Garland Rivers - Michigan record book
Garland Rivers – mgoblue.com

As a follow-up to my May 20th eBay Watch post on the 1986 Rose Bowl ring. The seller pulled the auction in order to provide some more information about the ring, perhaps to fetch a little more dough. The updated auction description offered more on the size of the ring, weight, etc., along with a few additional photos. [see the auction here].

The seller also dropped hints as to the identity of the original owner:

We have researched a little regarding the player named on this ring it is our understanding that this player was a starter for Michigan during the regular seasons in which he played as well as in the Rose Bowl. He also played in at least one other Bowl Game with Michigan and that he held a team (Bowl) record for well over 10 years.

Digging into the records on the 1986 team on the Bentley Library site, you obviously can narrow the list down to the starters in the Rose Bowl, then look to year before and after to find a player that started multiple seasons. Digging further, I reviewed the current Michigan individual Bowl record holders per the Capital One Bowl media guide published in late 2007.

One name jumped out to me: All-American defensive back Garland Rivers. He meets the criteria above as a multi-year, multi-bowl starter and he currently holds the record, albeit a tie, for the most tackles from the 1984 Holiday Bowl, where he was busy chasing down Robbie Bosco’s receivers:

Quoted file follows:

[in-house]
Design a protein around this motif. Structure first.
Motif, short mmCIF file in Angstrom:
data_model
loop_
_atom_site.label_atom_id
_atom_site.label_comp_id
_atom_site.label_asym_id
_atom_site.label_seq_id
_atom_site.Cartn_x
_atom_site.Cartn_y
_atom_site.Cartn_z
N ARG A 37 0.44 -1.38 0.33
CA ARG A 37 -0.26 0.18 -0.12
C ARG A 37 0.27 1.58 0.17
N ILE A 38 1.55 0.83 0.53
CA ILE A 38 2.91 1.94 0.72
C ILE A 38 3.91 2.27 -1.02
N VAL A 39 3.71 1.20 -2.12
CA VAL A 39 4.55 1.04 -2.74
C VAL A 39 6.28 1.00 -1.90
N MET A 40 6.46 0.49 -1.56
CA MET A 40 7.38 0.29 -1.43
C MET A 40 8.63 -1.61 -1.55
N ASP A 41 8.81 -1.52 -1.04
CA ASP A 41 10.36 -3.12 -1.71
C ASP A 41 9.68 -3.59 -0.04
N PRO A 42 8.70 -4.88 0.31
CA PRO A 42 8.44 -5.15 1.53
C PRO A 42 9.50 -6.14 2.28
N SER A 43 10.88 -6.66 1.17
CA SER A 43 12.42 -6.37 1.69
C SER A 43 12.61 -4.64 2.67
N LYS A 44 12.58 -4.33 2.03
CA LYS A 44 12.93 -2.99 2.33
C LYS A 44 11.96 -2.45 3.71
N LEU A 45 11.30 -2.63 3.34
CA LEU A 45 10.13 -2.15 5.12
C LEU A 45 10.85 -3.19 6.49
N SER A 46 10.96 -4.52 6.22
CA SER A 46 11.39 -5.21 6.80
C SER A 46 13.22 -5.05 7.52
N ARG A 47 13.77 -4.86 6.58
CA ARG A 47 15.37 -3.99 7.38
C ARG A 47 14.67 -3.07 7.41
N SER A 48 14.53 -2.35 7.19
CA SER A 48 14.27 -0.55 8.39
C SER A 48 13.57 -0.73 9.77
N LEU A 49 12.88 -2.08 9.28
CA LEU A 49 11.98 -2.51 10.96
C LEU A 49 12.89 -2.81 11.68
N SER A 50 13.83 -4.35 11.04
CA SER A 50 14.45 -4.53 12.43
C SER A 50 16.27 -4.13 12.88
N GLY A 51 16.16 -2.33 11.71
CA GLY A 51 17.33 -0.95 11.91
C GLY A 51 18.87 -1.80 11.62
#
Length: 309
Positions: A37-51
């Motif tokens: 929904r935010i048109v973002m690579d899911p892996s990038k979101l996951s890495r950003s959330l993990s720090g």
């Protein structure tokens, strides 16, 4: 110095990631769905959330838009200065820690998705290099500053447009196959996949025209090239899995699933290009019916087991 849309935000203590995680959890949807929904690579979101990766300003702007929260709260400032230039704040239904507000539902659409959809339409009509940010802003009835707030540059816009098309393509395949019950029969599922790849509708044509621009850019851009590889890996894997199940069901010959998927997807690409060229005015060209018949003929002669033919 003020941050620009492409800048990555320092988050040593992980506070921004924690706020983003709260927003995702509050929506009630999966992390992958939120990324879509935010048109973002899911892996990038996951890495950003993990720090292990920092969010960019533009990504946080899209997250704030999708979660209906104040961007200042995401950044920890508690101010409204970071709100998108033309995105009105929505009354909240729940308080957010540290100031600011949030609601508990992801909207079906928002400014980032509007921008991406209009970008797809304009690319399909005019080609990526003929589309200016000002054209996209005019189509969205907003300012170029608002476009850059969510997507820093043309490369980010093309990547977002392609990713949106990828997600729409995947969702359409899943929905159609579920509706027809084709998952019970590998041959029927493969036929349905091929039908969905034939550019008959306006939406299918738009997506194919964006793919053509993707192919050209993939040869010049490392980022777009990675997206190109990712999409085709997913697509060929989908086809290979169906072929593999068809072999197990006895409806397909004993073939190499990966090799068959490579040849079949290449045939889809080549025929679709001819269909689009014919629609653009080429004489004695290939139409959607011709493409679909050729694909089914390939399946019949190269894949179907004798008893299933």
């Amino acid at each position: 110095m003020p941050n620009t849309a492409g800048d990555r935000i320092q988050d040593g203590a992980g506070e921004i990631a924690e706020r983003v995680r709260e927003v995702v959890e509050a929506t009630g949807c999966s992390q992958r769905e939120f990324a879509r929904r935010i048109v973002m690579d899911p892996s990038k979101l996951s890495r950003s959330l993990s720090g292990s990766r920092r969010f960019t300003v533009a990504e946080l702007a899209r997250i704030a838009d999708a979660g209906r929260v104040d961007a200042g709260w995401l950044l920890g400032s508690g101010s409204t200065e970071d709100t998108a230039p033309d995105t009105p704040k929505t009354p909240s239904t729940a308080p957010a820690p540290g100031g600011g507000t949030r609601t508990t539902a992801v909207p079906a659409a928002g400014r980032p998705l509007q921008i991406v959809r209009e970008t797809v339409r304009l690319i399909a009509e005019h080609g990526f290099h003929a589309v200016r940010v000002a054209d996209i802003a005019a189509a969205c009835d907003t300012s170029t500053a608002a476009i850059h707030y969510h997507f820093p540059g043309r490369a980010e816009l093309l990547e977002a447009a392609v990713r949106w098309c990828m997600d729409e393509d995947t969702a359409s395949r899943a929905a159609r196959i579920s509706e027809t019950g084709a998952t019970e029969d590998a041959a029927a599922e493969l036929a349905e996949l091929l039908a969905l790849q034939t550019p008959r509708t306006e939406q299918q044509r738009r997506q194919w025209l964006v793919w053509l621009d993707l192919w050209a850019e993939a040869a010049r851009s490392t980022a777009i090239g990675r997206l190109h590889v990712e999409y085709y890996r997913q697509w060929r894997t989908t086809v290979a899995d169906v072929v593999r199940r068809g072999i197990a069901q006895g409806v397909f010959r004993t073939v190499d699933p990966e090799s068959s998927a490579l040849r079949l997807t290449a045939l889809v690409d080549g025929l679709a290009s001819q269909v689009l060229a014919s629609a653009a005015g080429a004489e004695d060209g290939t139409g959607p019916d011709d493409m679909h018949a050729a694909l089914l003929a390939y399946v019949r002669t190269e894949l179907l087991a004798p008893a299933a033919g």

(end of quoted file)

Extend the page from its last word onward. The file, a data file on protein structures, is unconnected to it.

Garland Rivers - Michigan record book

As an All-American, mgoblue.com displays his letterman photo and a brief bio:

Always a threat wherever he happened to be on the field. Garland Rivers earned respect from offensive opponents with his fierce tackles. The only freshman to win a letter in 1983, Rivers started 32 consecutive games until a brief shoulder injury sidelined him in his senior season. Rivers intercepted six passes in his career, including one for a touchdown against Wisconsin his junior year. That same season he produced a game- saving interception in the Nebraska end zone to seal Michigan’s 27-23 Fiesta Bowl victory. Rivers earned 1986 Kodak and Walter Camp All-American honors as well as AP-UPI All-American Honorable Mention.

So technically he fits the criteria set out in the auction, but would Rivers sell his ring? I don’t know Rivers and I certainly wouldn’t know if he’s a guy that would sell his ring or if so, why. Of course there’s little doubt the occasional stolen item ends up on eBay so its existence doesn’t mean a player willingly gave up this award.

But Rivers didn’t exactly exit Michigan on good terms. From the curiously extensive Wikipedia entry on Rivers: